Big Omega tells us the lower bound of the runtime of a function, and Big O tells us the upper bound.

Often times, they are different and we can’t put a guarantee on the runtime - it will vary between the two bounds and the inputs. But what happens when they’re the same? Then we can give a theta (Θ) bound - our function will run in that time, no matter what input we give it.

In general, we always want to give a theta bound if possible because it is the most accurate and tightest bound. If we can’t give a theta bound, the next best thing is the tightest O bound possible.

Take, for example, a function that searches an array for the value 0:

def containsZero(arr): #assume normal array of length n with no edge cases
  for num x in arr:
    if x == 0:
       return true
  return false
  1. What’s the best case? Well, if the array we give it has 0 as the first value, it will take constant time: Ω (1)
  2. What’s the worst case? If the array doesn’t contain 0, we will have iterated through the whole array: O(n)

We’ve given it an omega and O bound, so what about theta? We can’t give it one! Depending on the array we give it, the runtime will be somewhere in between constant and linear.

Let’s change our code a bit.

def printNums(arr): #assume normal array of length n with no edge cases
  for num x in arr:

Can you think of a best case and worst case?? I can’t! No matter what array we give it, we have to iterate through every value in the array. So the function will take AT LEAST n time (Ω(n)), but we also know it won’t take any longer than n time (O(n)). What does this mean? Our function will take exactly n time: Θ(n).

If the bounds are confusing, think about it like this. We have 2 numbers, x and y. We are given that x <= y and that y <= x. If x is less than or equal to y, and y is less than or equal to x, then x has to equal y!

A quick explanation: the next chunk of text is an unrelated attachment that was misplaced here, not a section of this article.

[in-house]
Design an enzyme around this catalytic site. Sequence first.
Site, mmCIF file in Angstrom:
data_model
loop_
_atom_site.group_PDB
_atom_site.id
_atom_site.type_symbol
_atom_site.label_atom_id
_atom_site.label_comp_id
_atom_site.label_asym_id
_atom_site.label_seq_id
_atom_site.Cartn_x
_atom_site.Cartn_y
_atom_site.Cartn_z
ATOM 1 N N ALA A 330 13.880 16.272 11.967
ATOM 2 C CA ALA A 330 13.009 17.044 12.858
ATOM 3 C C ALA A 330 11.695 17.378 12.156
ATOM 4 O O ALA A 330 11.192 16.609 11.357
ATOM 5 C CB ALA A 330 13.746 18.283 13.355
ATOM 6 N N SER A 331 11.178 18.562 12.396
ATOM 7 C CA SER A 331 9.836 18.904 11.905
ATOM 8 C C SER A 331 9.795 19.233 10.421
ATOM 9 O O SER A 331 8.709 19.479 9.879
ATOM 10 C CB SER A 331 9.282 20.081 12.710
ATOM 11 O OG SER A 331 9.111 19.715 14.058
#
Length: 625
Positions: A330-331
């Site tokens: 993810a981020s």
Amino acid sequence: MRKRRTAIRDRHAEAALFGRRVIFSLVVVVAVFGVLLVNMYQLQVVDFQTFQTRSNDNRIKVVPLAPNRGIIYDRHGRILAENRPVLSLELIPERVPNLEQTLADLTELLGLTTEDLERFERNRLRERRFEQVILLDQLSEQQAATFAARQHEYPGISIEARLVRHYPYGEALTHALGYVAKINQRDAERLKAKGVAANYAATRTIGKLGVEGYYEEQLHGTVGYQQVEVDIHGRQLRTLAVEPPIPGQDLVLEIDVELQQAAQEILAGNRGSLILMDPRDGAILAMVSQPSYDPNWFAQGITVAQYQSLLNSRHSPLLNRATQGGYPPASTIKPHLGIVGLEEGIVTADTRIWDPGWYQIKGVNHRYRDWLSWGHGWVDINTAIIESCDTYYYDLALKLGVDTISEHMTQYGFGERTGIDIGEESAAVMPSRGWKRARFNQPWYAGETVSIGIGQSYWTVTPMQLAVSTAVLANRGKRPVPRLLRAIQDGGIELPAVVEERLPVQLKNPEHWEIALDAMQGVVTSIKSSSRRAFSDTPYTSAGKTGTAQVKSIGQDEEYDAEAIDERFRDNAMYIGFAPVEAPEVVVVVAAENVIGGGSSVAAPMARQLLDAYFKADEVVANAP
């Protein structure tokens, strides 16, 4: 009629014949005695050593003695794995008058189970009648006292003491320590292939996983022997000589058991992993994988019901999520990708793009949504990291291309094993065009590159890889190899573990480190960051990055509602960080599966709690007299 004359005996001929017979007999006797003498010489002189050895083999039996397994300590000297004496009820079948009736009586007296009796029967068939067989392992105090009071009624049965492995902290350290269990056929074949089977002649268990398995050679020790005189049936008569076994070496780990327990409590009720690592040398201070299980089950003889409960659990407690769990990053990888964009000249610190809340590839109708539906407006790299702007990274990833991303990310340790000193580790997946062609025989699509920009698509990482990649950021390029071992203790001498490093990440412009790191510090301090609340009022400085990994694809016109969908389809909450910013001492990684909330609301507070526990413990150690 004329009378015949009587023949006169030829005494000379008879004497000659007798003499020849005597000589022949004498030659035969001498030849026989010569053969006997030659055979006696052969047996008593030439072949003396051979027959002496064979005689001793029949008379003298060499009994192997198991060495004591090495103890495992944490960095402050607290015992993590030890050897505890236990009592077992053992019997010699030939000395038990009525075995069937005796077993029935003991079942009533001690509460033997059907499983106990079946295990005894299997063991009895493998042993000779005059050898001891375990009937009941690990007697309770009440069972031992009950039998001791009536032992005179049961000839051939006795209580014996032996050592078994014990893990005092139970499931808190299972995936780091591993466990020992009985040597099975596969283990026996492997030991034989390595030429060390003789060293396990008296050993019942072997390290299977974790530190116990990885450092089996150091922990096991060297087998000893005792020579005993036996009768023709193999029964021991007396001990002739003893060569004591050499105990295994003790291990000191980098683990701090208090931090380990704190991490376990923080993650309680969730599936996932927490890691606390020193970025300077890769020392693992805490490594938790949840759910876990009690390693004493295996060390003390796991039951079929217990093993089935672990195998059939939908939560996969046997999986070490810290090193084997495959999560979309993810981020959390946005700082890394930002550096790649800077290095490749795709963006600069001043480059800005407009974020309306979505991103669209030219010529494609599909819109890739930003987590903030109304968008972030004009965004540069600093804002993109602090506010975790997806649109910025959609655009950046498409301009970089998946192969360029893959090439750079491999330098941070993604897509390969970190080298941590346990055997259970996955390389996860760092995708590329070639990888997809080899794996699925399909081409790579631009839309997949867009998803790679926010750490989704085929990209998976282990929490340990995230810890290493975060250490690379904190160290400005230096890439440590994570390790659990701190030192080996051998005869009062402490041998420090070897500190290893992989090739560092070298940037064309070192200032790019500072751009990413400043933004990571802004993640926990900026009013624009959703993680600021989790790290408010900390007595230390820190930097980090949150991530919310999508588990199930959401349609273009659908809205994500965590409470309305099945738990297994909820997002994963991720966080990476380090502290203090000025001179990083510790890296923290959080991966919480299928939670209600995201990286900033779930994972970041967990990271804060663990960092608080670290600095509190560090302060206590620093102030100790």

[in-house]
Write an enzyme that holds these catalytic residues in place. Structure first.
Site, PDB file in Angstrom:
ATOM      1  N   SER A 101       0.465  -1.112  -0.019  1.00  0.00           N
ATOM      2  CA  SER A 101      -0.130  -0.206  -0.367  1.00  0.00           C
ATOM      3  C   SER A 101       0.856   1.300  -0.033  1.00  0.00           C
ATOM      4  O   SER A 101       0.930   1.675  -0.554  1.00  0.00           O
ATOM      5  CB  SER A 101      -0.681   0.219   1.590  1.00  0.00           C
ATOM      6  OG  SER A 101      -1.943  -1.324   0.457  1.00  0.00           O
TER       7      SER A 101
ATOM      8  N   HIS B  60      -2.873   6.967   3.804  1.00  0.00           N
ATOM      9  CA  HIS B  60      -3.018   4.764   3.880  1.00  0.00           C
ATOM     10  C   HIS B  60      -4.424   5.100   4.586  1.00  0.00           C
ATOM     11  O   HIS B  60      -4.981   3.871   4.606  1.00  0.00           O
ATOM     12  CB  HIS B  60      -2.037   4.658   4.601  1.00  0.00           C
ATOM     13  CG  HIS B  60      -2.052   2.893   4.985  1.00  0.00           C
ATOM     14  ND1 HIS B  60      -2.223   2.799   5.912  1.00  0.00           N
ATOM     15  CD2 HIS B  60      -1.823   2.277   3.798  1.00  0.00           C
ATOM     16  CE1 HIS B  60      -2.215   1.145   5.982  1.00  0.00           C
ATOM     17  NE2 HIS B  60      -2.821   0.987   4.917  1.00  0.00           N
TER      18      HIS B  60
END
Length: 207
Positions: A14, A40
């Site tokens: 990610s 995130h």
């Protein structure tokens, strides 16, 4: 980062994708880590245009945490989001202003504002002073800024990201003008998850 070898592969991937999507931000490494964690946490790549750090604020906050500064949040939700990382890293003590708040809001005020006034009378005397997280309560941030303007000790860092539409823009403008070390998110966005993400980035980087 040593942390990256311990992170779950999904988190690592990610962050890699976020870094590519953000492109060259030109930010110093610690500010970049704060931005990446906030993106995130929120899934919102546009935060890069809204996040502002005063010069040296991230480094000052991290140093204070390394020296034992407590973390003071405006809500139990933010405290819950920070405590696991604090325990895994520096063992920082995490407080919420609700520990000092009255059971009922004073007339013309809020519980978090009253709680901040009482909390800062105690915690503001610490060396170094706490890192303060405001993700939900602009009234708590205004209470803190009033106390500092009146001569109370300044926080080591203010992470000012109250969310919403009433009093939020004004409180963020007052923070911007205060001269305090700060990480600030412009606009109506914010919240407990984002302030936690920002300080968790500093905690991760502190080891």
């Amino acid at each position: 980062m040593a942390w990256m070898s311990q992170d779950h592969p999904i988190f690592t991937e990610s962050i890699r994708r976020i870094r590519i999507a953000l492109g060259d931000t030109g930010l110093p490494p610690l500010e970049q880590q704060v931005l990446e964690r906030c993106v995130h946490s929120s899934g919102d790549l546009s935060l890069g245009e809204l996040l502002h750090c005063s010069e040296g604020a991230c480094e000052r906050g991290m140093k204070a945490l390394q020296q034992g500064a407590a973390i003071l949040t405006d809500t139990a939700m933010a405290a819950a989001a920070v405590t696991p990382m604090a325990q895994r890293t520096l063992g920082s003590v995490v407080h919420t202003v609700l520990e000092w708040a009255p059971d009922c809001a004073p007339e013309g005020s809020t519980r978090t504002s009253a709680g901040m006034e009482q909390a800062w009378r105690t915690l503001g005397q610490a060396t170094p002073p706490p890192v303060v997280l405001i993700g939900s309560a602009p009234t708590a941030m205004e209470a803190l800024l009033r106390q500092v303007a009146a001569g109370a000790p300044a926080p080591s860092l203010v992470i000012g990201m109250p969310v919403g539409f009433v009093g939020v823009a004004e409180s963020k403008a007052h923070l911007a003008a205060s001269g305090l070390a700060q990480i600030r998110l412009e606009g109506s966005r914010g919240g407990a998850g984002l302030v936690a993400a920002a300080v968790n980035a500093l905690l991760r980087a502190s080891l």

If you’re familiar with linked lists, test yourself and think about the runtimes for each of these functions!

  1. get
  2. remove
  3. add

Things get even more interesting when you consider a doubly linked list!

Asymptotic Notation

How do we measure the performance value of algorithms?

Consider how time is one of our most valuable resources. In computing, we can measure performance with the amount of time a process takes to complete. If the data processed by two algorithms is the same, we can decide on the best implementation to solve a problem.

We do this by defining the mathematical limits of an algorithm. These are the big-O, big-omega, and big-theta, or the asymptotic notations of an algorithm. On a graph the big-O would be the longest an algorithm could take for any given data set, or the “upper bound”. Big-omega is like the opposite of big-O, the “lower bound”. That’s where the algorithm reaches its top-speed for any data set. Big theta is either the exact performance value of the algorithm, or a useful range between narrow upper and lower bounds.

Some examples:

  • “The delivery will be there within your lifetime.” (big-O, upper-bound)
  • “I can pay you at least one dollar.” (big-omega, lower bound)
  • “The high today will be 25ºC and the low will be 19ºC.” (big-theta, narrow)
  • “It’s a kilometer walk to the beach.” (big-theta, exact)

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